-Kizzy

  • Member since
    February, 2017
Posted by ugamodels on Wednesday, March 01, 2017 10:12 PM

Thanks everyone! Where did you buy sheet styrene from? This is the thought I had also, but all I see is Evergreen which is rather pricey. I live the sign idea, if I can find one with a white back.

FWIW, I don't have any old kits or models, and I intend to use the paint I plan to use on the models. But what I am reading about airbrushing Vallejo acrylics, I am starting to rethink my choice, at least for airbrushing. 

Will regular amonia work for cleaning off acrylic? We don't keep Windex around.

I type on a tablet. Please excuse the terseness and the autocorrect. Not to mention the erors. 

  • Member since
    February, 2017
Posted by ugamodels on Wednesday, March 01, 2017 10:17 PM

I actually still have my old Badger air compressor, and it still seems to work! And if it fails I have a tank compressor that I can fall back on. 

I type on a tablet. Please excuse the terseness and the autocorrect. Not to mention the erors. 

  • Member since
    April, 2008
Posted by Kizzy on Thursday, March 02, 2017 12:03 PM

I bought the sheet styrene from the LHS.  It was several years ago...can't recall the brand.  Evergreen can be a bit pricey, I agree.

Yes regular ammonia will work for most acrylics, if you can handle the smell!  You could also make a solution of 5% ammonia in distilled water.  I believe that is the approx. percentage in Windex.

  • Member since
    September, 2016
  • From: Albany, New York
Posted by ManCityFan on Thursday, March 02, 2017 2:35 PM

Don Wheeler

Empty plastic bottles are free.

Don

 

Ditto

I have two or three empy clear plastic soda bottles in my work area, and always test paint in the airbrush on them before I move to the model.  Gives me a chance to thin or adjust air pressure before I potentially screw up a model.  I also use the caps to hold small amounts of paint when using a brush and not an airbrush.  And yes, I leaned this from Don's website, which, by the way, is awesome.

The Mrs. suggested I attend a "plasticholics Anonymous" meeting.  I think she is getting a little tired of dinner conversation consisting of "model, model, model".

 

 

  • Member since
    February, 2017
Posted by ugamodels on Thursday, March 02, 2017 7:58 PM

The plastic bottles I am familiar with seem very slick for painting.  What type are you thinking of? 

Also is there a good reference Web site for identifying plastic; ie type, what paint will stick, what type of glue, etc?

I type on a tablet. Please excuse the terseness and the autocorrect. Not to mention the erors. 

  • Member since
    October, 2008
  • From: Fullerton, Calif.
Posted by Don Wheeler on Thursday, March 02, 2017 10:26 PM

The shiny plastic bottles take model paint just like kit styrene.  If you can paint on one, you can paint on the other.

Don

https://sites.google.com/site/donsairbrushtips/home

A collection of airbrush tips and reviews

Now also an Amazon E-book of tips.

  • Member since
    May, 2009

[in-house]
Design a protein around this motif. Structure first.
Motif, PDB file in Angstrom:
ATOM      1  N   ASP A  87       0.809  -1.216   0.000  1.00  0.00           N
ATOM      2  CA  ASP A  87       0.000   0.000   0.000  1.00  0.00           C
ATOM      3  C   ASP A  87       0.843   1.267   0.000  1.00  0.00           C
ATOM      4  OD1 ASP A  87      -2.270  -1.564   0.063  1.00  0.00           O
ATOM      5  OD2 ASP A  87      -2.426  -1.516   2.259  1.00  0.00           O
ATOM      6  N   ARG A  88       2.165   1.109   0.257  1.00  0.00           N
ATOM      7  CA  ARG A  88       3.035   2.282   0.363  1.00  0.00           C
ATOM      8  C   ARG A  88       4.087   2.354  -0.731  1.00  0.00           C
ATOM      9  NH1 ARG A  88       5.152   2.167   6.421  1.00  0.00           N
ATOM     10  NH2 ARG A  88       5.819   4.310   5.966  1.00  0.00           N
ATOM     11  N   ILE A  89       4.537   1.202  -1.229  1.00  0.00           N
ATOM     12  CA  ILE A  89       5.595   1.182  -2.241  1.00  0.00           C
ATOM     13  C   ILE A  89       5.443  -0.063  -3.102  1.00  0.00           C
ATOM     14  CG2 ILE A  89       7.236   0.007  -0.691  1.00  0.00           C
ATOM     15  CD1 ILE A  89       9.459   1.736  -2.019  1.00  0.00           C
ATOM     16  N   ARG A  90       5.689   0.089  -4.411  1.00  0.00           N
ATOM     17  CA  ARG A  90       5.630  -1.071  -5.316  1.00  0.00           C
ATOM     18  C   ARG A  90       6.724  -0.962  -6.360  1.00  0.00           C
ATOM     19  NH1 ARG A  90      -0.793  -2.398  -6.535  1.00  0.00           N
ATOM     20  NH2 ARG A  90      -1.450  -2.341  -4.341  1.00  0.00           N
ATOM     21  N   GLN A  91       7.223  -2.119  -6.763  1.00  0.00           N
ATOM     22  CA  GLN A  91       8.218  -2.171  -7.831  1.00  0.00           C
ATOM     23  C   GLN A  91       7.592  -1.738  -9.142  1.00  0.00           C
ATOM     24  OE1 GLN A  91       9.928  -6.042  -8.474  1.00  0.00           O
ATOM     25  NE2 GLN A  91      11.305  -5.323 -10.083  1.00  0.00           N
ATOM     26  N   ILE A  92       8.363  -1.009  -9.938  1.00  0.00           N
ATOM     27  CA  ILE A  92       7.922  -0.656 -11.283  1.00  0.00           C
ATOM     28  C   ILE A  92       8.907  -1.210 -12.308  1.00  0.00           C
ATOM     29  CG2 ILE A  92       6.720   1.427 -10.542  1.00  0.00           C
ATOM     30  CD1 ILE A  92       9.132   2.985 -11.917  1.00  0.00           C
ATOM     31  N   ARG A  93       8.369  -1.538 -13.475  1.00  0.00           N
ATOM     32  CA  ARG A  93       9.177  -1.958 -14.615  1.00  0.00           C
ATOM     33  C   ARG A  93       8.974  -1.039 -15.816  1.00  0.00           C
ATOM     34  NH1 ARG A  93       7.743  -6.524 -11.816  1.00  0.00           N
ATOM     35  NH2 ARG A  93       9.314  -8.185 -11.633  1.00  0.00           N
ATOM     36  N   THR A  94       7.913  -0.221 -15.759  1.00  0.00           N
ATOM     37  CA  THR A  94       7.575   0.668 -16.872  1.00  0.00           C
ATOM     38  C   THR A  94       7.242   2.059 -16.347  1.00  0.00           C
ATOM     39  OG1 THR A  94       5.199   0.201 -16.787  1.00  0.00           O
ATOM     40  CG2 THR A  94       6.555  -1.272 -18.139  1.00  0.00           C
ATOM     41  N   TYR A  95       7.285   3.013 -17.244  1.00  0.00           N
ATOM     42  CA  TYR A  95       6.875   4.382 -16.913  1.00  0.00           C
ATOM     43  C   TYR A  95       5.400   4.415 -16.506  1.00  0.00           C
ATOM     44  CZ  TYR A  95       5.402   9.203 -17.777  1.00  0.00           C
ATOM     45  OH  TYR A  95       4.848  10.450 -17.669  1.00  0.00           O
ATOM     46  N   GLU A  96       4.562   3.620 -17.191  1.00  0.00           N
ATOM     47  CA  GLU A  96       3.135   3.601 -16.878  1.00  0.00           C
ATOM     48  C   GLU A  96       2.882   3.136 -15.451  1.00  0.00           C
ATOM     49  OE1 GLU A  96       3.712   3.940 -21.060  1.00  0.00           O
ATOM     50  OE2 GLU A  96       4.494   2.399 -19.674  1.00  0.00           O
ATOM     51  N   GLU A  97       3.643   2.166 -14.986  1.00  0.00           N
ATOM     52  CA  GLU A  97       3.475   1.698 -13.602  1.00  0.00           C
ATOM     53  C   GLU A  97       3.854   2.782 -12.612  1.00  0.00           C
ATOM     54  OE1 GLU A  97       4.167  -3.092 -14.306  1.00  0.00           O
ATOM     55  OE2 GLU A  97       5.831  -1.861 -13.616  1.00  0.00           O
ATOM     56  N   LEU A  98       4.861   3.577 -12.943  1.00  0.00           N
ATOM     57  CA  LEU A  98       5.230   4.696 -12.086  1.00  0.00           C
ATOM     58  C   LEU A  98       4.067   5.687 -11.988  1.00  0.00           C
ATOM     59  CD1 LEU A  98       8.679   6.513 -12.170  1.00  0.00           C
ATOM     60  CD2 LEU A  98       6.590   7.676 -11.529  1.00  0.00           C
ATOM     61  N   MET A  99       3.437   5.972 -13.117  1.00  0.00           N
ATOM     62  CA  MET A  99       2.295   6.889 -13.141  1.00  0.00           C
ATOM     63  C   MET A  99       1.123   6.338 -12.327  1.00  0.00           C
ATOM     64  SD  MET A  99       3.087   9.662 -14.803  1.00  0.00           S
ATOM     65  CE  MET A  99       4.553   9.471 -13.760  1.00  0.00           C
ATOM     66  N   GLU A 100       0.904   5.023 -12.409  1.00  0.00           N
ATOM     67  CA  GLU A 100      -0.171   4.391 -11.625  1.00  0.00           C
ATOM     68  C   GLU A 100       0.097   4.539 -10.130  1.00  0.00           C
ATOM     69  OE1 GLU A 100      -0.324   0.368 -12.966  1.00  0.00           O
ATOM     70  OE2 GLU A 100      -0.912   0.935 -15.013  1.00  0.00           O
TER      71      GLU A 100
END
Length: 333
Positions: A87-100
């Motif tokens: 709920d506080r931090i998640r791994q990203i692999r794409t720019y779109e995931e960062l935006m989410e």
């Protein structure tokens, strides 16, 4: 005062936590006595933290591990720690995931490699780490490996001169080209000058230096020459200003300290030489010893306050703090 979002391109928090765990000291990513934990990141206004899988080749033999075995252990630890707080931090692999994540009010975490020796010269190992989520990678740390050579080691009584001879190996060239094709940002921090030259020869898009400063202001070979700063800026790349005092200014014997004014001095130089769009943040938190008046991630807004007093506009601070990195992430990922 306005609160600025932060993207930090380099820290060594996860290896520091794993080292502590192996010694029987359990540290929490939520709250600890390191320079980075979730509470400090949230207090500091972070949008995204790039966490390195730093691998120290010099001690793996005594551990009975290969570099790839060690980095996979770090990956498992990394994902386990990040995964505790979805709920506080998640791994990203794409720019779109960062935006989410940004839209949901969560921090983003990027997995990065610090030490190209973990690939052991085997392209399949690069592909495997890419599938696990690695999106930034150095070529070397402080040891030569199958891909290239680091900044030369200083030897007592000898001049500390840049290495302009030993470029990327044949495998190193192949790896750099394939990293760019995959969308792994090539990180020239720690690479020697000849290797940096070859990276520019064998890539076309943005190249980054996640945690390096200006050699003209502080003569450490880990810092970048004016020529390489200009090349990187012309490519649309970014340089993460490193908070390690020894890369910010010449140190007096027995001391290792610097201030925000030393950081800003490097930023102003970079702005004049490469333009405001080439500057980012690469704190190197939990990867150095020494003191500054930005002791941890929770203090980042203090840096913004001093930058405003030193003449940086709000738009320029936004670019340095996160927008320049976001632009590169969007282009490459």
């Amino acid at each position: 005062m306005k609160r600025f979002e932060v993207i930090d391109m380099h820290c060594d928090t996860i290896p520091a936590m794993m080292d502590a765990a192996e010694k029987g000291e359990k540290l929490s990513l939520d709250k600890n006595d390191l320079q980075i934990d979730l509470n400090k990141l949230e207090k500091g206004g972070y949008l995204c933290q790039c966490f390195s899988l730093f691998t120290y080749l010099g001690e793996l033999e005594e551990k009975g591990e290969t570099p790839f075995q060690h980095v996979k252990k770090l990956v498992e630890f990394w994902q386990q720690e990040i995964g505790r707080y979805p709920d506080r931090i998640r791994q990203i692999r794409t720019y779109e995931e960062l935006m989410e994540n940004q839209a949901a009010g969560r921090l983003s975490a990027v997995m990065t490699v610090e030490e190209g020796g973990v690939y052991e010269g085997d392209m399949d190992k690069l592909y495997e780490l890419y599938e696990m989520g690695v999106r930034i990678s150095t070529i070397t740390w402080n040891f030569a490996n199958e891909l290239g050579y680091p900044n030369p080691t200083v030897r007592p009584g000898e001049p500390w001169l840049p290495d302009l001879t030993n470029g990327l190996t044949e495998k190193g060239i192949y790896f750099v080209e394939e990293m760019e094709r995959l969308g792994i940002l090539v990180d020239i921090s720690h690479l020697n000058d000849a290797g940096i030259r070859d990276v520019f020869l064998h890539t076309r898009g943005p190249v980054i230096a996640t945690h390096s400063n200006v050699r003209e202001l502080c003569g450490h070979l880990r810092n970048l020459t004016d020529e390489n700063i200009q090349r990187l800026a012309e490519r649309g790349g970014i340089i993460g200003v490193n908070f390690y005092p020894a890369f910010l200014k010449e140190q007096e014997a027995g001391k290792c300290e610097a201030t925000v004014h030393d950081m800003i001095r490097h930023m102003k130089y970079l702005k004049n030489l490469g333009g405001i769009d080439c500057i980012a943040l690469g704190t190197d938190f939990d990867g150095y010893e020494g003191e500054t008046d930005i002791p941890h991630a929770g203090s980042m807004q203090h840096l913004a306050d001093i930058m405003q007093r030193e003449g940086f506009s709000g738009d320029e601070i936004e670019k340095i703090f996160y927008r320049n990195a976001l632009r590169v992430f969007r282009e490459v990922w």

• From: Poland
Posted by Pawel on Friday, March 03, 2017 2:58 AM

Hello!

You could probably also use plastic boxes that ice cream comes in. Some of them are made of styrene - you can see that by looking at the triangular marking with PS letters inside - that's styrene. By the way you can also practice washing and surface prepping, because they can be a little greasy... But after you eat the ice cream, they are free! Hope it helps, have a nice day

PaweĊ‚

All comments and critique welcomed. Thanks for your honest opinions!

www.vietnam.net.pl

  • Member since
    October, 2008
  • From: Fullerton, Calif.
Posted by Don Wheeler on Friday, March 03, 2017 11:12 AM

Here is a nice summary of the meaning of those recycle symbols on plastic.

Don

https://sites.google.com/site/donsairbrushtips/home

A collection of airbrush tips and reviews

Now also an Amazon E-book of tips.

  • Member since
    June, 2003
Posted by Jammer on Friday, March 03, 2017 4:52 PM

Comic book backing boards.  It's higher quality cardboard with a fairly non-porous surface so the paint doesn't soak in to it.  I keep one next to my airbrush to test colors and troubleshoot the airbrush.  Comes in packages of 100 for less than $10.  I stopped buying comics a few years ago, but the boards still have so many uses; backing for decal storage (I put aftermarket decals in comic bags with backing boards for sorting and storage), home made counters for wargames, wargame box repair, dividers in craft storage.  They're part of my model buidling and gaming tool kit.

 

Doug

  • Member since
    February, 2017
Posted by ugamodels on Monday, March 20, 2017 8:09 PM

Hey Don,

So I can use the #1 (PET) clamshells that we get lettuce in for tests? Because we get lots of those!

I type on a tablet. Please excuse the terseness and the autocorrect. Not to mention the erors. 

  • Member since
    October, 2008
  • From: Fullerton, Calif.
Posted by Don Wheeler on Monday, March 20, 2017 9:46 PM

ugamodels

Hey Don,

So I can use the #1 (PET) clamshells that we get lettuce in for tests? Because we get lots of those!

I don't see why not.  You've got nothing to lose by trying.

Don

https://sites.google.com/site/donsairbrushtips/home

A collection of airbrush tips and reviews

Now also an Amazon E-book of tips.